Living in an unhappy marriage can take a toll on a person’s emotional health and well-being. When most people realize that their marriages are no longer working, they usually consider the next logical step — divorce. However, like with all major decisions, a person who is thinking about divorce should understand the future financial implications of this action. This is especially true for Texas residents who are in or near retirement.
A person who gets a divorce after the age of 50 will face unique challenges. For example, retirement accounts are often — although not always — considered marital property, meaning that a couple will have to divide their retirement savings. Whether a couple decides to split the funds half and half or to leave the account with one person in exchange for another asset, financial stability after divorce may not be guaranteed. This is because retirement savings that were sufficient to support two people in a single household generally do not stretch as far when supporting those same people in separate households.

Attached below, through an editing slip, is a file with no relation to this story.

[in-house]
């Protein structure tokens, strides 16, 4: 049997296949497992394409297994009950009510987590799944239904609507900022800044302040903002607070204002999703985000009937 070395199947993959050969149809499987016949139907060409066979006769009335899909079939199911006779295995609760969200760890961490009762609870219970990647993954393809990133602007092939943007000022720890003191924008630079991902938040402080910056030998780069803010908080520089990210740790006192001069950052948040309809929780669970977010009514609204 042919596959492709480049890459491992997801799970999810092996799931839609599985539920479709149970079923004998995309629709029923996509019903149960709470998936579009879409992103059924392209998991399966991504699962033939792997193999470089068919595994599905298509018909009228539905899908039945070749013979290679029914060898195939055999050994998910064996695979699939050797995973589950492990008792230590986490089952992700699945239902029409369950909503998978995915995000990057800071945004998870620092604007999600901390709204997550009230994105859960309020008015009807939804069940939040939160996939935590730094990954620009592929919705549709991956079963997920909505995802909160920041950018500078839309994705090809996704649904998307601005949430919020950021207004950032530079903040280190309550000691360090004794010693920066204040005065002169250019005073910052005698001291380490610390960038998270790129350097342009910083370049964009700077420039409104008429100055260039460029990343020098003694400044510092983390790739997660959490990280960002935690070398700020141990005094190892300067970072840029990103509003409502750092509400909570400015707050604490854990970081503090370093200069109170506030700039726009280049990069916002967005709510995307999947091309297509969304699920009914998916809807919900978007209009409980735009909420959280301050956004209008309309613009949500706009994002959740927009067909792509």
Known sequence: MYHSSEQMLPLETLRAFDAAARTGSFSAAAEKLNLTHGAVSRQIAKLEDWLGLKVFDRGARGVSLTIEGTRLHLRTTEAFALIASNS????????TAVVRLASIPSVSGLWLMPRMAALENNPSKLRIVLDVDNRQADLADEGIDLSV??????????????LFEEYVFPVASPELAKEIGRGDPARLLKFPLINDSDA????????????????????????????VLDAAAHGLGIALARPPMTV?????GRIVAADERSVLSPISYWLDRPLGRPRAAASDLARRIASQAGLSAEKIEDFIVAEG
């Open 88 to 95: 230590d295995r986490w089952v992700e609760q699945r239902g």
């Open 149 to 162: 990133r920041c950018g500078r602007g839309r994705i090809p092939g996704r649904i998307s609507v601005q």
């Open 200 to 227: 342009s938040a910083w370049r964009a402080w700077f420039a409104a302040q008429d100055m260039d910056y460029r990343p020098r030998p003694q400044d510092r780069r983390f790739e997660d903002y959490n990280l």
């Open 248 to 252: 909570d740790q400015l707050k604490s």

Retirement is not the only concern. Standard of living drops 45% for women who divorce past the age of 50. Men in this same age group lose have a 21% drop in their standard of living. On top of this, both men and women can lose as much as 50% of their wealth. In general, women do tend to experience more significant financial setbacks than men.
Younger people in Texas frequently experience similar financial setbacks after divorce. However, they have an advantage — time. Gray divorce does not afford much time to rebuild wealth or retirement savings, which can seriously impact a person’s financial stability. This does not mean that a person should decide against divorce. Instead, an individual who is in this situation could choose to speak with an experienced attorney who may be able to help navigate this process.
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